Patent on capacitors invalidated in inter partes review. PRESIDIO v. AVX

Patent on capacitors invalidated in inter partes review. PRESIDIO v. AVX

A patent is a set of exclusive rights granted to the inventor of an invention.  To obtain a patent in the United States an inventor must file a patent application with the United States Patent and Trademark Office.  The patent application is reviewed by a patent examiner at the USPTO to ensure that the invention described in the patent application meets all the criteria for patent protection.  If the patent application meets all the criteria for patentability then the inventor will be granted a patent on the invention.  A patent grants the inventor the exclusive right to make, use, sell and import the patented invention in the United States.  If someone attempts to exercise one of these exclusive rights, without the permission of the patent owner, that can be considered patent infringement.

After a patent is granted it is not impervious. The patent applicant and the examining attorney at the USPTO rigorously review the patent application but sometimes details are missed.  Inter partes review is a trial proceeding conducted at the Patent Trial and Appeal Board to review the patentability of one or more claims in a patent only on a ground that could be raised under §§ 102 or 103, and only on the basis of prior art consisting of patents or printed publications.  The inventor and the patent examiner do their best to consider all the relevant prior during the patent application process, but sometimes relevant prior art is overlooked.  If a member of the public discovers a piece of prior art which anticipates a patent which has been granted they may request an inter partes review of the patent.  An inter partes review can result in invalidation of some or all of the claims of a patent.

PRESIDIO COMPONENTS, INC., v. AVX CORPORATION, 2019-2182 (C.A.F.C. 2020) is an example of a case where prior art was found that rendered an invention unpatentable.

Appellant in this case, Presidio, owns U.S. Patent No. 7,075,776 (the ’776 patent) and U.S. Patent No. 7,307,829 (the ’829 patent).  Traditional capacitors have a limited ability to pass different frequencies of alternating current.  The patents are directed to capacitor structures that have a monolithic body containing multiple individual capacitors with different frequencies and capacitance values.  This inventions described in the patents to to perform effectively across a broader range of frequencies.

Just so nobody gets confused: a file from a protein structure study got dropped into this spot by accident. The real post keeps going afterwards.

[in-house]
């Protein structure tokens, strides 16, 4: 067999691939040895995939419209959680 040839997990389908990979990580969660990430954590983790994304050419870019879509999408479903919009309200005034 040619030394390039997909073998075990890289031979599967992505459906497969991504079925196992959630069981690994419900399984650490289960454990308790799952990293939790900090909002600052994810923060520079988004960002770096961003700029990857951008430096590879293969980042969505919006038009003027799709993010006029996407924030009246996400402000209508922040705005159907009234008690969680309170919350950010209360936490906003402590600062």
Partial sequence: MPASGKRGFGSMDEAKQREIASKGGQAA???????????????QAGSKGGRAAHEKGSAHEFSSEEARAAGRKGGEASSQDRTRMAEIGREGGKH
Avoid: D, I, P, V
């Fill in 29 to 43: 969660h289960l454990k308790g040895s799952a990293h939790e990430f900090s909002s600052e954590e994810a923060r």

Appellee filed for inter partes review before  challenging the claims of the ’776 patent and ’829 patent.  Two main pieces of prior art were cited.  Japanese Patent Application Publication No. H5- 21429, published March 19, 1993, with named inventor Yoichi Kuroda (“Kuroda”), is directed to multilayer capacitors with high capacitance capacitor portions and low capacitance capacitor portions formed in a single sintered body. Kuroda teaches that this configuration allows the device to function effectively across a broader range of frequencies.  And U.S. Patent Application Publication No. 2002/0195700 A1 (“Li”) is directed to an electronic assembly that includes one or more capacitors connected to a housing.

The PTAB found that the claims of the patents were anticipated and/or obvious in light of the prior art.  Appellant appealed that decision to the Court of Appeals for the Federal Circuit.  On appeal the Appellant’s main argument was that the PTAB misinterpreted claims of the  ’776 patent and the ’829 patent.

With respect to the ’776 patent the Federal Circuit found that the Appellant failed to explain how the PTAB’s interpretation of the prior art was erroneous.  Further Appellant failed to identify any structural differences between the capacitor described in Kuroda and the capacitor claimed in the ‘776 patent.

For the ’829 patent the Appellant argued that “end” of a capacitor should be limited to the lengthwise dimension instead of any part that lies at the boundary of the capacitor. Therefore Kuroda did not disclose capacitors on opposite “ends” of the device.  Federal Circuit found that argument unpersuasive because Appellant failed to show that the specification of the patent limited the definition of “end” to the lengthwise dimension of the capacitor.

Based on these findings the Federal Circuit held that the PTAB’s decision, did not rely on improper claim construction, was supported by substantial evidence and affirmed the decision.

If you have questions or comments for the authors of this blog please email us at: